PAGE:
“Whether it’s a Fitbit or the Apple Watch or now we’re getting into the wearable [technology] clothing, it’s still in its infancy,” Blegen said. “Right now, I’d say try to address the barriers you have to exercising. Doing simple things like putting your tennis shoes in your gym bag by the door or scheduling a workout time will be more powerful than tracking fitness.
“It’s not sexy. We like the shiny object. I can go buy this Fitbit and guess that it’s going to change my life totally. For some small segment of the population it might, but it’s the daily habits that are much more powerful than tracking things.”
Marc Schober was already a regular exerciser when he got his Fitbit Charge HR for Christmas. But wearing his daily steps on his sleeve has made him even more mindful of his health, he said.
“It’s completely changed my mind-set,” said Schober, of Vadnais Heights.
Before, he measured his fitness by the number of days he worked out at the gym. “Now my Fitbit helps me understand how healthy I truly was and it doesn’t necessarily involve the gym,” Schober said. “If, at lunch, I walk through the skyways three miles, that’s a healthy day. This gives me the knowledge of just how active I really am.”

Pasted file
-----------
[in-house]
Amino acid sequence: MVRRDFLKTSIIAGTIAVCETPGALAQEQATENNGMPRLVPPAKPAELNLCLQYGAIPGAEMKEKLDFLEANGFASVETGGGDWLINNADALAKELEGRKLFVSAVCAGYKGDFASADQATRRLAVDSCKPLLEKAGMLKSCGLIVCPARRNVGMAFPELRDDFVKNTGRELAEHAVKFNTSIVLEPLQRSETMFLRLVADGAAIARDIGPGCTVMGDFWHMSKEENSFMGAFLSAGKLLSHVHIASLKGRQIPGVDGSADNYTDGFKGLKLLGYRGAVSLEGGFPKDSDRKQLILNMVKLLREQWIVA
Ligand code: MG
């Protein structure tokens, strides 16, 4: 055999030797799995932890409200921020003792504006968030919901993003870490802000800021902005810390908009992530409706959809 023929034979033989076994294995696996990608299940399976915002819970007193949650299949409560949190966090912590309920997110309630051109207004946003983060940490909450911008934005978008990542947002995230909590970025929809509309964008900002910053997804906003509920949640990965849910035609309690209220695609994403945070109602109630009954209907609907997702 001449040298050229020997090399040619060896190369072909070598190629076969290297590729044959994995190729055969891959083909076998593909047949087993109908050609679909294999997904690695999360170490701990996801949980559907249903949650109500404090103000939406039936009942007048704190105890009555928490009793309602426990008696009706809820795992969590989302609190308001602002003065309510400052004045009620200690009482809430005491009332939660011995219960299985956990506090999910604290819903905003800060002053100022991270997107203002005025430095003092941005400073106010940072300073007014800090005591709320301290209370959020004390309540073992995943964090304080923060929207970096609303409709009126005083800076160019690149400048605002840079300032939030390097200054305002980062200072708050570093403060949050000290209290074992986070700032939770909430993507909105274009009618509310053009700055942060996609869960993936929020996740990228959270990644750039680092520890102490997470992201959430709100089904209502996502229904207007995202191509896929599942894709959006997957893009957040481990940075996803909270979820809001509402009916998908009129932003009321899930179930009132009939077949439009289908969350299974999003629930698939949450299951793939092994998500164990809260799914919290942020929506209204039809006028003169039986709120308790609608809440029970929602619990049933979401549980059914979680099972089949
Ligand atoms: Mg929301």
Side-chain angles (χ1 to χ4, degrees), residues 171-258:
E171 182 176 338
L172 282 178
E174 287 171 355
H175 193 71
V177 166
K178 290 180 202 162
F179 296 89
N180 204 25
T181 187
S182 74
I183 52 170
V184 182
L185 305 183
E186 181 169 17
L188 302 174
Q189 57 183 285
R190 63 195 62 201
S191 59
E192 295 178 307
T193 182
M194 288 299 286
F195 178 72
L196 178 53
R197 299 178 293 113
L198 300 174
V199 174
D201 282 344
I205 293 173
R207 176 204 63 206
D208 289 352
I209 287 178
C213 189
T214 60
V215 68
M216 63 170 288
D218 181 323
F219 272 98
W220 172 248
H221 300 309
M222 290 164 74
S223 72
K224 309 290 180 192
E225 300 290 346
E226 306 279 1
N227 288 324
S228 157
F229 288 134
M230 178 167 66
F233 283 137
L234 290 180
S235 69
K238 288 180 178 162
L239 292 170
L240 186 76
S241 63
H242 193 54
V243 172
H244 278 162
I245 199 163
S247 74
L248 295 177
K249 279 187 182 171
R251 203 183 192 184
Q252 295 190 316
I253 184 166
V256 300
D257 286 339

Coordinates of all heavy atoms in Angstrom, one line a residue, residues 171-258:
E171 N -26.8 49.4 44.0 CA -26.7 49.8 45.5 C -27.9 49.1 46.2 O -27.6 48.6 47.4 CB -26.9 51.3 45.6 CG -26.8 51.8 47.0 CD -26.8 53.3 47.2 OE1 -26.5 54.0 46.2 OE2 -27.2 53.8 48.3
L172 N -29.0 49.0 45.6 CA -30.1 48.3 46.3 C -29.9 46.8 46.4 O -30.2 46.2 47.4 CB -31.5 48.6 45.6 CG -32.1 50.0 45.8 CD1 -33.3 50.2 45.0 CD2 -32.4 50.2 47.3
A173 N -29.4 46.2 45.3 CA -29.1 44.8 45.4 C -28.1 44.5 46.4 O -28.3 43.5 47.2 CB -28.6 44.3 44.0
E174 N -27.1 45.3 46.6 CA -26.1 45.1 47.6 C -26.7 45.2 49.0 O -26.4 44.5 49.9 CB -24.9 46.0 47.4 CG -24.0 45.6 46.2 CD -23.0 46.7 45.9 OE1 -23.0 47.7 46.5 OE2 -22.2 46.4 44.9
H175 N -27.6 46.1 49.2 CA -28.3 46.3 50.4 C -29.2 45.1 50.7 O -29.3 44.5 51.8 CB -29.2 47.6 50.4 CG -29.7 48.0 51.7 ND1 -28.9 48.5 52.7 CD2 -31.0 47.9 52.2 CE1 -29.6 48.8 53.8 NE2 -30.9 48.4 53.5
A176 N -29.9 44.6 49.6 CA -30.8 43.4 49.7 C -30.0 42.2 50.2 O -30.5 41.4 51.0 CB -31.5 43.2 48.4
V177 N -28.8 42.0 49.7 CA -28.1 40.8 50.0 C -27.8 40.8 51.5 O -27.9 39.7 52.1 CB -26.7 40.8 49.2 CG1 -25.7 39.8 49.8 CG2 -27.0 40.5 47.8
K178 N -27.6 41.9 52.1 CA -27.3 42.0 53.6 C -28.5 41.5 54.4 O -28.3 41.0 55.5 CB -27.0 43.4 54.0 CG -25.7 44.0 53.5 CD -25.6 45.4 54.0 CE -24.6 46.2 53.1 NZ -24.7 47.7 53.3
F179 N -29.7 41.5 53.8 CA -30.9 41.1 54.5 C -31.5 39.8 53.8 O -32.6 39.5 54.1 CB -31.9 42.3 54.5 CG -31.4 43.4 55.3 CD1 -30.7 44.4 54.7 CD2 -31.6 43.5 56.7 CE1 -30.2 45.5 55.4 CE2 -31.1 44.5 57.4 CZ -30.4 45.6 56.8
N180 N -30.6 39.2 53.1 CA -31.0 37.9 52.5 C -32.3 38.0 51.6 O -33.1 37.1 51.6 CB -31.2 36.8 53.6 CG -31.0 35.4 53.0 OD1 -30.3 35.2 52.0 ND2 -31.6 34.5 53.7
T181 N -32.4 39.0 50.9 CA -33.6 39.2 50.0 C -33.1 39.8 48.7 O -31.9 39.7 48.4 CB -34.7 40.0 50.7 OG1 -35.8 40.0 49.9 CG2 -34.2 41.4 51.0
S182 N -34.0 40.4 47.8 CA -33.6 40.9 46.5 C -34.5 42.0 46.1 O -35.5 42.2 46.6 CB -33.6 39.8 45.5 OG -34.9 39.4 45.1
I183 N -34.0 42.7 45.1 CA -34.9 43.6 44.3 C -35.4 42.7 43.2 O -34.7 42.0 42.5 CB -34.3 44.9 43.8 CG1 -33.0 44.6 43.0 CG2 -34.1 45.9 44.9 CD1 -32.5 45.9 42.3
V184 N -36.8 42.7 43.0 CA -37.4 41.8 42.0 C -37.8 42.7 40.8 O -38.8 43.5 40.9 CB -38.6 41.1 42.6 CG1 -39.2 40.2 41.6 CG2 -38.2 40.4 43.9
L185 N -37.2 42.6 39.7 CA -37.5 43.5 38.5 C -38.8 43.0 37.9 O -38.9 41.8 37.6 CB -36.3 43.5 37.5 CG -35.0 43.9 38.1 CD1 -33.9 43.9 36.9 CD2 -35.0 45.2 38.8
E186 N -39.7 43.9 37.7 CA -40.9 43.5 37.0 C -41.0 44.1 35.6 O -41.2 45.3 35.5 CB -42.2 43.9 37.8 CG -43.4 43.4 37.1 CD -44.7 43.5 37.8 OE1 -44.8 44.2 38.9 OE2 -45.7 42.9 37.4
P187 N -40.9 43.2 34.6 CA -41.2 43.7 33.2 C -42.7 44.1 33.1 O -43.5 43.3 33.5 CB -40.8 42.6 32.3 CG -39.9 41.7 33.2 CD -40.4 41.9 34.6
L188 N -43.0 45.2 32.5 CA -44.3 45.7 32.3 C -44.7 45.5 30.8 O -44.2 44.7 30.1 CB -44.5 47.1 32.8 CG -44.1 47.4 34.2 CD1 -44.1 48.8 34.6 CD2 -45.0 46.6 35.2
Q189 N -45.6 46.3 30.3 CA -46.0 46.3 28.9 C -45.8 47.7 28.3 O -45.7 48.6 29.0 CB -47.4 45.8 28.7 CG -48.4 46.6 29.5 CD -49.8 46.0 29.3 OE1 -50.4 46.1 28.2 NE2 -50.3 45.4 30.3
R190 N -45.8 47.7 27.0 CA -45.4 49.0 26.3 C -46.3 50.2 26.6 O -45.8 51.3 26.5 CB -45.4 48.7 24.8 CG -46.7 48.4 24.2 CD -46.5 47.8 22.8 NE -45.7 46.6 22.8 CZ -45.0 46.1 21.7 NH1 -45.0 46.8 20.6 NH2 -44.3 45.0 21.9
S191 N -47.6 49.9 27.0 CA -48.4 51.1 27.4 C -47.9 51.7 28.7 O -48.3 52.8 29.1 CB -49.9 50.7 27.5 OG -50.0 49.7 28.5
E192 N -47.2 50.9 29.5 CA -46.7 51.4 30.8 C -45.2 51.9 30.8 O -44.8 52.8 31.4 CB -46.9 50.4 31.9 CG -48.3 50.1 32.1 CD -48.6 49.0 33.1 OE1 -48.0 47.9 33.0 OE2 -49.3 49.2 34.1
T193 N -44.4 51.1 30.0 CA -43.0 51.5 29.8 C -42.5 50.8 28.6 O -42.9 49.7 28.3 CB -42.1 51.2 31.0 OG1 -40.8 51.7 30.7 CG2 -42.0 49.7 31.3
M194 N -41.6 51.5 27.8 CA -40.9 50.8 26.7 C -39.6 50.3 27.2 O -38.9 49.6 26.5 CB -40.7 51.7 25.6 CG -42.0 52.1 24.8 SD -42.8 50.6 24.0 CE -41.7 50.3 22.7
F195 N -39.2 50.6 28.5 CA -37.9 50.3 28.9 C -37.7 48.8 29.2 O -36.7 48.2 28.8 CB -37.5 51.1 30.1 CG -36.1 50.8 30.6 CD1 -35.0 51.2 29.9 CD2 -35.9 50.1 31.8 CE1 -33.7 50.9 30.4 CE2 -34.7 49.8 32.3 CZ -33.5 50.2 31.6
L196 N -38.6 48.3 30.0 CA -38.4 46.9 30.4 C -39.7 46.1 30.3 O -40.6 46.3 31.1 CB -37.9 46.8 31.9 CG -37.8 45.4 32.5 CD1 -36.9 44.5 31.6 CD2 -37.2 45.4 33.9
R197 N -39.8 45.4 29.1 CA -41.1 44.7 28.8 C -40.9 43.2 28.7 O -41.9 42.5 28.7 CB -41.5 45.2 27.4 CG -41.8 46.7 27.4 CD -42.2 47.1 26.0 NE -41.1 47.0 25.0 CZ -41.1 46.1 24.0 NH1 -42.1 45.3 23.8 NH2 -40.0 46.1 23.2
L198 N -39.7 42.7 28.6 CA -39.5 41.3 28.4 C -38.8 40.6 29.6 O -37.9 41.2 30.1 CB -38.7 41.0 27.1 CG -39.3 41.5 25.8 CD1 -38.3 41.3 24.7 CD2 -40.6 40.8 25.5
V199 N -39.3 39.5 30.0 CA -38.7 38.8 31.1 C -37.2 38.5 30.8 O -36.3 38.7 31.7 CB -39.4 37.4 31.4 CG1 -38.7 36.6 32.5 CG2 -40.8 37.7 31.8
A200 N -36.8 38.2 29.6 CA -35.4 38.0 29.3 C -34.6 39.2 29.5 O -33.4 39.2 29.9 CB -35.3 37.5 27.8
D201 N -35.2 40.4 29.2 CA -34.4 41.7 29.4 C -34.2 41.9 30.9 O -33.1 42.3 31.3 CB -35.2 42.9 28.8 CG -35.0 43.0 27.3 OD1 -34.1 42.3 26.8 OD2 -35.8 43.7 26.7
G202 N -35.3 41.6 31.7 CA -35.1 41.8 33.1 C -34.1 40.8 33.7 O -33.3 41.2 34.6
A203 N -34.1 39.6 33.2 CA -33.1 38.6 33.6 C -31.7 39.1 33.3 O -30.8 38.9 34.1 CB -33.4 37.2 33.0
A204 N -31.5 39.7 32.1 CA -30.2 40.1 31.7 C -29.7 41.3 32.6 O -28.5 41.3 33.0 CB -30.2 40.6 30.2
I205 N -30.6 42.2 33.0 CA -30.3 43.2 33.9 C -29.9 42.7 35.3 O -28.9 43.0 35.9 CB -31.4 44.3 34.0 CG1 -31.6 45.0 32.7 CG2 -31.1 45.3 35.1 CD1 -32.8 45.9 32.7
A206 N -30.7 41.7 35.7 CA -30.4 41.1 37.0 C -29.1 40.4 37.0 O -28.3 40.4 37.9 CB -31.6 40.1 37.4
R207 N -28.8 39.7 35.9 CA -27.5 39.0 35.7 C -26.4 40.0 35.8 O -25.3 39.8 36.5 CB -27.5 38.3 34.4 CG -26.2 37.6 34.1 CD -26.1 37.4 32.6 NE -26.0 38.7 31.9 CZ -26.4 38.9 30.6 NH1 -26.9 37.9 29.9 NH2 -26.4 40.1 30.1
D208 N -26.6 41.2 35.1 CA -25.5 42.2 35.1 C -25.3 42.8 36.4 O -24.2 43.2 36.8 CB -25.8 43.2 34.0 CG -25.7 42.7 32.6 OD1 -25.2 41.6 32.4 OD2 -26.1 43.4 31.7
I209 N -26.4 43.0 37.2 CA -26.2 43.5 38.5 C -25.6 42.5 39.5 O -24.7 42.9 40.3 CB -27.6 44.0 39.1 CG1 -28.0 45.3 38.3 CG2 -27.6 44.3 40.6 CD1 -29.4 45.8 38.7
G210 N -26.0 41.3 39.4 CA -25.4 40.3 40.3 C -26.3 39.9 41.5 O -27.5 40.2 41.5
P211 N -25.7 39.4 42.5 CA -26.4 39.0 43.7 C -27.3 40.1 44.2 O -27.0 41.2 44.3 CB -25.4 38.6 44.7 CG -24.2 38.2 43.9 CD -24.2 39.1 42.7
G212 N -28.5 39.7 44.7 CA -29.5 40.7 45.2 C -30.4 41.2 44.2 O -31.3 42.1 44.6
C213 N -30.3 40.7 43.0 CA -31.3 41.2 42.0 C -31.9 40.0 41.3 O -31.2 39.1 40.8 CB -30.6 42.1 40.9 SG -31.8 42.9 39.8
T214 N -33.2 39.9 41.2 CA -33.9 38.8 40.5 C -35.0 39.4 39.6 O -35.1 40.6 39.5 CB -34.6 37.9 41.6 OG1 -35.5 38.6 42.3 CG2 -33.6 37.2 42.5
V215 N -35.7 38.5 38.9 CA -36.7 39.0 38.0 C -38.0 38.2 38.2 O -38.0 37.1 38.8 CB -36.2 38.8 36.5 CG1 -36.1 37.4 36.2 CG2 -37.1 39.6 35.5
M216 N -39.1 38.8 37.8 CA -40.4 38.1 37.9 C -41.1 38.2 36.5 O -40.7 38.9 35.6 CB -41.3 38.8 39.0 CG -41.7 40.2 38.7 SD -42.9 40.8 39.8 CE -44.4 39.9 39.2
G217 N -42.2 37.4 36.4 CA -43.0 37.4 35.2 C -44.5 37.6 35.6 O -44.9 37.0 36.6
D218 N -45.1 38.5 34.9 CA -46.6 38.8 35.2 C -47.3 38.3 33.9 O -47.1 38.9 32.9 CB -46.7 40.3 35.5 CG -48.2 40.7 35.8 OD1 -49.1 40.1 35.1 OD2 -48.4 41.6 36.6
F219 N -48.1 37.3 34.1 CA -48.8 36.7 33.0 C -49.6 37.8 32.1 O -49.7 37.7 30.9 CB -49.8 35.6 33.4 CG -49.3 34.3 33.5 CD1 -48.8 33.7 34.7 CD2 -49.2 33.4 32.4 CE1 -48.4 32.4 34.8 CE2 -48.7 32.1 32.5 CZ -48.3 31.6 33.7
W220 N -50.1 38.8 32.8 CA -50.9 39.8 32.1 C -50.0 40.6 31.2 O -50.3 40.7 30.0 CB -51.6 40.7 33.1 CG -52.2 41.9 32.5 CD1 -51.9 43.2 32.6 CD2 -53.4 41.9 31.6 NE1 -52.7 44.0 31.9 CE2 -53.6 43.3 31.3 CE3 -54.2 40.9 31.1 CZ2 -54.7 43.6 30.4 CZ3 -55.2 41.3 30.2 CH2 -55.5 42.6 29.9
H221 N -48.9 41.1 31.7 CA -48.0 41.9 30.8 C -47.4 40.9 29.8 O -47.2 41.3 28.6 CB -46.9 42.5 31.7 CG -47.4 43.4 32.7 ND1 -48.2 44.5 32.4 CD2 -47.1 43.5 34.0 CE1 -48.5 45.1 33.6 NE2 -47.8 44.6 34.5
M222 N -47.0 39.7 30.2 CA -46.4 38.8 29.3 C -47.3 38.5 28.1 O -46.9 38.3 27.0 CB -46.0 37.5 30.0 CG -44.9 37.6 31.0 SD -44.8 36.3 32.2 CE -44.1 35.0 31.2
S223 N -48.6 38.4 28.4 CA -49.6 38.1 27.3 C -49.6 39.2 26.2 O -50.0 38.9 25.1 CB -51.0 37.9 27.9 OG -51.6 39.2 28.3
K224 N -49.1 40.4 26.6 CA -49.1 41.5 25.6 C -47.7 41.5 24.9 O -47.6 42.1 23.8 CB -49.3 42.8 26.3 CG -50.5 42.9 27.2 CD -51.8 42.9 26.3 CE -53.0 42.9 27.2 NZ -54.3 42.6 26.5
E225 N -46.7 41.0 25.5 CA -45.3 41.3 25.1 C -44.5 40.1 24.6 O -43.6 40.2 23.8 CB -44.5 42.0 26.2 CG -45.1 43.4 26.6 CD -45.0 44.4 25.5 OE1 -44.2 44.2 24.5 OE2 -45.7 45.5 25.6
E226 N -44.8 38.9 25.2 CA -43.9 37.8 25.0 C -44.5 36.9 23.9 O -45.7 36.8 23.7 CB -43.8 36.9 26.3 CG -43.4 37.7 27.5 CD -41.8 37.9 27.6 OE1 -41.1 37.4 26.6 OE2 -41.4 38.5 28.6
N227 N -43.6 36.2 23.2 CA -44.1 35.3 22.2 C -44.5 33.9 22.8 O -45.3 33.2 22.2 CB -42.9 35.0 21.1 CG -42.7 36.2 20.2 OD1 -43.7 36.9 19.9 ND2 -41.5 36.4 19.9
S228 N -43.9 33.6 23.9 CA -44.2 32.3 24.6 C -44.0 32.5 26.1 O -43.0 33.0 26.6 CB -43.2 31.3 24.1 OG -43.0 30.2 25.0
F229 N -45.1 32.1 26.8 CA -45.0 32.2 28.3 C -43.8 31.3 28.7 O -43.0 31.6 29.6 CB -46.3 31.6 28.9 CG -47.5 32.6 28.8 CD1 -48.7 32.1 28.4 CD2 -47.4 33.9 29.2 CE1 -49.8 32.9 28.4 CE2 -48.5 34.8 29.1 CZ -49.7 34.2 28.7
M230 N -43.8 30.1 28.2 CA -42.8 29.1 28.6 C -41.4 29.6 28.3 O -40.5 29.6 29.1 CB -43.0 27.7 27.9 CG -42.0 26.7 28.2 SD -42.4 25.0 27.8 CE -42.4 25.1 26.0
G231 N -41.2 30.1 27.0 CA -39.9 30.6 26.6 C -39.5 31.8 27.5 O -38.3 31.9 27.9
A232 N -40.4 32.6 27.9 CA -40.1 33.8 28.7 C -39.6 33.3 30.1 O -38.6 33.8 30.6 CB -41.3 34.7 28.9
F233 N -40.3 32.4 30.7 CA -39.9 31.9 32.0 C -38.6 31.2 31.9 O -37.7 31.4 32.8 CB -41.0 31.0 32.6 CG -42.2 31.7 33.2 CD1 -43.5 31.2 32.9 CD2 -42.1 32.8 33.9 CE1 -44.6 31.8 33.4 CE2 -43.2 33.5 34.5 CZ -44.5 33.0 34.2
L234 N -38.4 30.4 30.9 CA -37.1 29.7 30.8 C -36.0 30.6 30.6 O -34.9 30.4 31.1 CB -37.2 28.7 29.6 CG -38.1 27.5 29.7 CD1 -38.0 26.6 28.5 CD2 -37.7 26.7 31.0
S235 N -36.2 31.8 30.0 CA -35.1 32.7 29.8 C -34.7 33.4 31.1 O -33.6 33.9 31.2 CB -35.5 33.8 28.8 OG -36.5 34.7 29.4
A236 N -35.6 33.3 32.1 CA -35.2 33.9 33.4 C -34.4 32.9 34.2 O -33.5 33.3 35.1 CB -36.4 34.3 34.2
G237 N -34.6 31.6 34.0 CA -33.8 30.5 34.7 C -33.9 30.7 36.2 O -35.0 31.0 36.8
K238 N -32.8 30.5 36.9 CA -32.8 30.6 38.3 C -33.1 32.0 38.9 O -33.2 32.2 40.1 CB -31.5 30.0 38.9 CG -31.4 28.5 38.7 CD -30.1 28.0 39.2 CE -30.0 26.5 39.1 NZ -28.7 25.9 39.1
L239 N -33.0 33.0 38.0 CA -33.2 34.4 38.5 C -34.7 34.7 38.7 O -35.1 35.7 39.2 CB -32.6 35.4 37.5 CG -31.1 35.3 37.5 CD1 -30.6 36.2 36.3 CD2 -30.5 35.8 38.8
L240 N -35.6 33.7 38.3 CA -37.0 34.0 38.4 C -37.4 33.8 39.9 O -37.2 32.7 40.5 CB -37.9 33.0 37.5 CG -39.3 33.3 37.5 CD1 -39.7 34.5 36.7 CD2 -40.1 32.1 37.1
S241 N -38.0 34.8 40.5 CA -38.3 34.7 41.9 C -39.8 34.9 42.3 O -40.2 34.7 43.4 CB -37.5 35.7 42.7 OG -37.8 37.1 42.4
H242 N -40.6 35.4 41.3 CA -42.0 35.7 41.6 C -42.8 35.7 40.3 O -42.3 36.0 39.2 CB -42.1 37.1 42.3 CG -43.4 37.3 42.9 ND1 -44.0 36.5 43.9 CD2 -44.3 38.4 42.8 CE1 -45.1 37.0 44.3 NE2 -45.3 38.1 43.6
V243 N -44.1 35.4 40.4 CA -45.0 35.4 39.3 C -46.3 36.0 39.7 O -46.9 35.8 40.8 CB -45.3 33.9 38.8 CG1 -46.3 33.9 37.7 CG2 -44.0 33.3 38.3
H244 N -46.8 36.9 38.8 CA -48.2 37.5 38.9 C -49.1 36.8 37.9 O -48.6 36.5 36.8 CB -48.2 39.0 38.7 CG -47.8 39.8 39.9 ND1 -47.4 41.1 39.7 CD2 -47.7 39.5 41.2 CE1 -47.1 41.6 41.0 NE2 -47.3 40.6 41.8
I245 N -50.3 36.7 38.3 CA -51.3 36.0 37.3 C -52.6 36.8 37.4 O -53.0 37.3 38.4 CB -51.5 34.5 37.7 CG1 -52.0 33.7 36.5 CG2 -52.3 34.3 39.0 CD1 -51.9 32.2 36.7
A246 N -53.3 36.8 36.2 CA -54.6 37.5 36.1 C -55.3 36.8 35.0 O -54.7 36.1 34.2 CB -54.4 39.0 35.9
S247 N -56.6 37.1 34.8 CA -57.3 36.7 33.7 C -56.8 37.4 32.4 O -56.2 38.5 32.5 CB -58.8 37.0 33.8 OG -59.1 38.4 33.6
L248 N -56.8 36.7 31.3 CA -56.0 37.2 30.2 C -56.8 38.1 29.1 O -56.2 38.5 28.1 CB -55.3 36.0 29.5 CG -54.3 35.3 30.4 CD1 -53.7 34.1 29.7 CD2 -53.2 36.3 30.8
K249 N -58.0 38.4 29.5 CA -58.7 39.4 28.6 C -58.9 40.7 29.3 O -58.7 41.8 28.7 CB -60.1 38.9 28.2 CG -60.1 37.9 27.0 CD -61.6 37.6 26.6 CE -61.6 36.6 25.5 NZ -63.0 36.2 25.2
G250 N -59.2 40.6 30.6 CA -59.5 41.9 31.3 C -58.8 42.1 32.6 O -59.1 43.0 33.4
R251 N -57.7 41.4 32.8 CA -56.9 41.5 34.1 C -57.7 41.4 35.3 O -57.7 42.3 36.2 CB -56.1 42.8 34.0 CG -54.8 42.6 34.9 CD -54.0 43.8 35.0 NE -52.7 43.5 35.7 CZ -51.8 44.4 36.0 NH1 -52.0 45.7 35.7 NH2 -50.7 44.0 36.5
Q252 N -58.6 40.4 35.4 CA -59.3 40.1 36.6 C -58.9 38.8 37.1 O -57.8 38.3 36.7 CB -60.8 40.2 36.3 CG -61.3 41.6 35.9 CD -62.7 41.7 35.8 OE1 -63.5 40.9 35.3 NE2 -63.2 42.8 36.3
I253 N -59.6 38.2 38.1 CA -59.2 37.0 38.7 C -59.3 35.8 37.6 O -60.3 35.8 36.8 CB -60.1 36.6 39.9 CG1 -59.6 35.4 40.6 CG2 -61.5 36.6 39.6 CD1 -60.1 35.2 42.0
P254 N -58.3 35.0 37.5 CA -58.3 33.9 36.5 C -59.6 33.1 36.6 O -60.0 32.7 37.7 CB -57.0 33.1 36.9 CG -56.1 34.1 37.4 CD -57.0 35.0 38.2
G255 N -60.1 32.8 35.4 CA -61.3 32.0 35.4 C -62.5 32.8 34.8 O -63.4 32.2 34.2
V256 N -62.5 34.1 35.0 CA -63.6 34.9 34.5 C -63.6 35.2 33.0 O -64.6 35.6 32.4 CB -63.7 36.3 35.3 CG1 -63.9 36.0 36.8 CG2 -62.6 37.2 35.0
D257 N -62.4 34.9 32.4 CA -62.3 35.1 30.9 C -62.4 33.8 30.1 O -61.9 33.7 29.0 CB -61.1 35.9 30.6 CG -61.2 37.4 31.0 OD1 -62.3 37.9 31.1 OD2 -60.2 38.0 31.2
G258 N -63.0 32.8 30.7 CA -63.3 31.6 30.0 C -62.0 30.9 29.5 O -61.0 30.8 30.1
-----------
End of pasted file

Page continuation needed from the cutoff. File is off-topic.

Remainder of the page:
Armed with that knowledge, he has walked more at lunchtime since he started wearing a tracker.
But that leads to another very big question: How do we know if the numbers spit out by fitness monitors are accurate? What if we’re basing our fitness decisions on bad information?
Some wrist devices have been known to count pushing a child on a swing or knitting as steps, but other activities — such as ice hockey — don’t register as much movement.
Earlier this year, three people filed a class-action lawsuit against Fitbit, alleging that the company’s PurePulse Trackers gave inaccurate readings for their heart rates. One of the people claimed that her tracker recorded her heart rate at 82 beats per minute, but a follow-up check by a personal trainer came up with 160 beats per minute, the suit said.